It didn't really surprise me much to learn this week that Mayor Antonio Villaraigosa has been dating another pretty young news babe. The guy's got a track record in that regard.
But the revelation about the mayor led me to do a little research on his new girlfriend, Lu Parker of KTLA Channel 5. And that reinforced a growing media trend that might be less obvious to the general audience -- the way some journalists aren't content to be just journalists.
It's not shocking that media personalities want to expand their appeal, as audiences fragment and turn to the Internet and other new sources for their information.
Still, what standards are being lost, or whose standards matter, when it comes to measuring the merits of "a multi-faceted talent . . . journalist, actress, author, former Miss USA" like Parker?
Doesn't it seem odd to anyone else that the same person can furrow her brow in the role of serious newswoman -- chasing fires through the hills, announcing election night tallies and bemoaning gang violence -- and then preen her way through a modeling video?
Luparker.com features a nifty bikini shot, along with a couple of videos of Parker posing. Who said we members of the Fourth Estate had to make do with flat, lifeless hair? This reporter's got a wind machine! And, man, look at her hair blow.
Luparker.com has a sense of humor. There's a clip of the reporter accidentally spitting on Bill Cosby, and there are clips of prouder moments in the anchor chair. You can also watch her interview Villaraigosa on election night last November, before the two were dating.
This all made Lu Parker look a bit frivolous. KTLA News director Jason Ball assured me that "there is plenty out there that is a lot more gratuitous than that." KTLA is owned by Tribune Co., owner of The Times.
Another KTLAer, not authorized to speak for the record, laughed when I pointed out the cheesecake on Luparker.com. "I would go so far as to say that if you spent five minutes on the website of any woman under 45 in a major market you would find a bikini shot," the news person said. "It wouldn't be that hard."
Villaraigosa's new liaison came to light early Monday, when KNBC Channel 4's website reported that the pair had been spotted over the weekend at a Larchmont bookstore. The story, including a picture of the mayor beaming behind dark glasses, also led the station's newscast.
The relationship between the politician and the personality won't likely have the same political and personal effect of Villaraigosa's affair a couple of years ago with Mirthala Salinas of Spanish-language broadcaster Telemundo. At the time, Villaraigosa was a married man and Salinas was assigned to cover him as part of a political beat.
Salinas went on the air and reported on the breakup of Villaraigosa's marriage without acknowledging her connection to him. That obvious conflict eventually led to a two-month suspension. Salinas resigned after being exiled to a bureau in Riverside County.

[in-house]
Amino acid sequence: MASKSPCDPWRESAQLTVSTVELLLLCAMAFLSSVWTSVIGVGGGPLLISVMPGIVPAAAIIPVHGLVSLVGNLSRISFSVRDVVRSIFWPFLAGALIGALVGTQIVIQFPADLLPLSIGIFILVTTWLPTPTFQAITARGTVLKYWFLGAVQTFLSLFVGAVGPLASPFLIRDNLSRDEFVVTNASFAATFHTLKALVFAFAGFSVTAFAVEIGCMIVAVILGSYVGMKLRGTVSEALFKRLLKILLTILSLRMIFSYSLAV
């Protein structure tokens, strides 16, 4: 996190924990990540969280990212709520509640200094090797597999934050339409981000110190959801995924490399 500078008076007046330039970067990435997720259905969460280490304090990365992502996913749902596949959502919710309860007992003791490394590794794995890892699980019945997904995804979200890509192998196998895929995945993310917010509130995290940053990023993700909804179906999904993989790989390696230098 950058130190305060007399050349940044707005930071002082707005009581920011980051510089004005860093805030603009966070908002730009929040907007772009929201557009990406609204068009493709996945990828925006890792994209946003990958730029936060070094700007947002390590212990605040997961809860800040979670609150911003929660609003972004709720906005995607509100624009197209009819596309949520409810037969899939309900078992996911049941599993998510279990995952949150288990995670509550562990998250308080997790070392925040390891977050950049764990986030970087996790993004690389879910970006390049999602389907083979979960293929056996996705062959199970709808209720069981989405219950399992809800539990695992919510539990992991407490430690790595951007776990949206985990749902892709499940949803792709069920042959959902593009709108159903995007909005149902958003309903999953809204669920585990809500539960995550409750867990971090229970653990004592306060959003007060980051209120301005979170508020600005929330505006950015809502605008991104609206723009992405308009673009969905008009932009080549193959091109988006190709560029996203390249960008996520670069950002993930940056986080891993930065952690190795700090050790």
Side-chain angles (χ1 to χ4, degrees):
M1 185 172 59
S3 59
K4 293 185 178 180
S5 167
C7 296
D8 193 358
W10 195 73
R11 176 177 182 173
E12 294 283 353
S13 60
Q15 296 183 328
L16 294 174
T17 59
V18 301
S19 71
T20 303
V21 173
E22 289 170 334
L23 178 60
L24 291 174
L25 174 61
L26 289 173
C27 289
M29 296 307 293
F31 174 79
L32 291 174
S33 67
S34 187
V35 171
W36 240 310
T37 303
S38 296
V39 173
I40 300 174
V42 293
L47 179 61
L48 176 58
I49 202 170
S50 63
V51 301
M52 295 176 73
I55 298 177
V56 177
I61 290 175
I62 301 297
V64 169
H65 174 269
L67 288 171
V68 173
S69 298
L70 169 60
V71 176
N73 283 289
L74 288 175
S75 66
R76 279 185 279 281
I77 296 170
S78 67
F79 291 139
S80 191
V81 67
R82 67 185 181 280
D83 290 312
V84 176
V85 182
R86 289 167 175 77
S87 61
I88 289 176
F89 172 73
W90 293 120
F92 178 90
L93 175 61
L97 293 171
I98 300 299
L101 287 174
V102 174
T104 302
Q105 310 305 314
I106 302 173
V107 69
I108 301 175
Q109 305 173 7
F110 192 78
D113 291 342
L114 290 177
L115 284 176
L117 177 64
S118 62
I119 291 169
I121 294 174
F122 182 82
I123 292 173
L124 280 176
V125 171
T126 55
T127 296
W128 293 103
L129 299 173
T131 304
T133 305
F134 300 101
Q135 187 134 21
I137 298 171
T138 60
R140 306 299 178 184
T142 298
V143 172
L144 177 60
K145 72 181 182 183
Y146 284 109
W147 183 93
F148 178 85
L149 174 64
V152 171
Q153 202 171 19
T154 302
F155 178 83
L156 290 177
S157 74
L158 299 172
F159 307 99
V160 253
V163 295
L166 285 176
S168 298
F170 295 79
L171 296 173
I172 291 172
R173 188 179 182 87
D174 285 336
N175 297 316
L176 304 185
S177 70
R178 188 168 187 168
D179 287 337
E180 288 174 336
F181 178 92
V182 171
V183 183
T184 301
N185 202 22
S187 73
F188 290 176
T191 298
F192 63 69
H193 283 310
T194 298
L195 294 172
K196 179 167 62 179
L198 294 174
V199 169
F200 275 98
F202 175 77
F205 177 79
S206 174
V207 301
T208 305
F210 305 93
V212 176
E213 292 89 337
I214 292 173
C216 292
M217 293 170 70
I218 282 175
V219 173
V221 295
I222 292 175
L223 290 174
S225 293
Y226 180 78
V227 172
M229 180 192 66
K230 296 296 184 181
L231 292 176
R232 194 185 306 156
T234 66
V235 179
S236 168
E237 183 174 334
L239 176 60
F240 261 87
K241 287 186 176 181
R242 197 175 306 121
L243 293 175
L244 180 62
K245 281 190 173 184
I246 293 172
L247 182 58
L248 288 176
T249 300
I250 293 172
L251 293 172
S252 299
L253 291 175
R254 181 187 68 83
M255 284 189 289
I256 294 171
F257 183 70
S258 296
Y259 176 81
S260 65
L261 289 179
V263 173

KTLA news boss Ball pointed out to me that Parker, in contrast, had not focused on politics. He pledged she would not do any stories on local politics in the future, to put the reporter and the station above even the appearance of a conflict of interest.
Parker had read a story from her weekend anchor's chair Sunday evening about doubts raised over Villaraigosa's potential run for governor.
Was the news director troubled that the relationship between the mayor and his reporter dated back months but that she told him about it only Monday, after KNBC broke the news to the world?
"There is no issue," Ball said. "She is not a political reporter. She doesn't cover politics generally."
Even if Parker didn't cover politics per se, she could still encounter any number of stories -- school reform, the performance of the police department, expansion of the airport -- in which Villaraigosa has a stake.
"The mayor doesn't work in our newsroom," Ball said. "There will be no conflict."
A KTLA insider offered the further assurance that Parker usually relies on scripts written by others. So she won't have a major role in shaping content.
Being told a news reader is just that didn't surprise me. It didn't inspire tremendous confidence either.
Several other TV and radio stations and newspapers reported on the Villaraigosa-Parker pairing Monday. Some inside KTLA urged their bosses to do the same on what they considered a story of high public interest.
It seems like something that would be in the sweet spot for Channel 5, particularly its chatty morning news program. I can't imagine the station would pass on the story if the mayor had been reported dating, say, an anchor from Channel 4.
But Ball told me KTLA had no intention of addressing the subject. He called it a nonstory.
As for Parker, one can't help but wonder if she missed the Mirthala saga entirely. After making an emergency exit from television, the former Telemundo star has landed on a morning talk radio program.
She's not talking to the press. But you wonder if she might have some advice for a fellow newswoman about the challenges of balancing work and a personal life.
Rainey's column also appears Fridays on A2.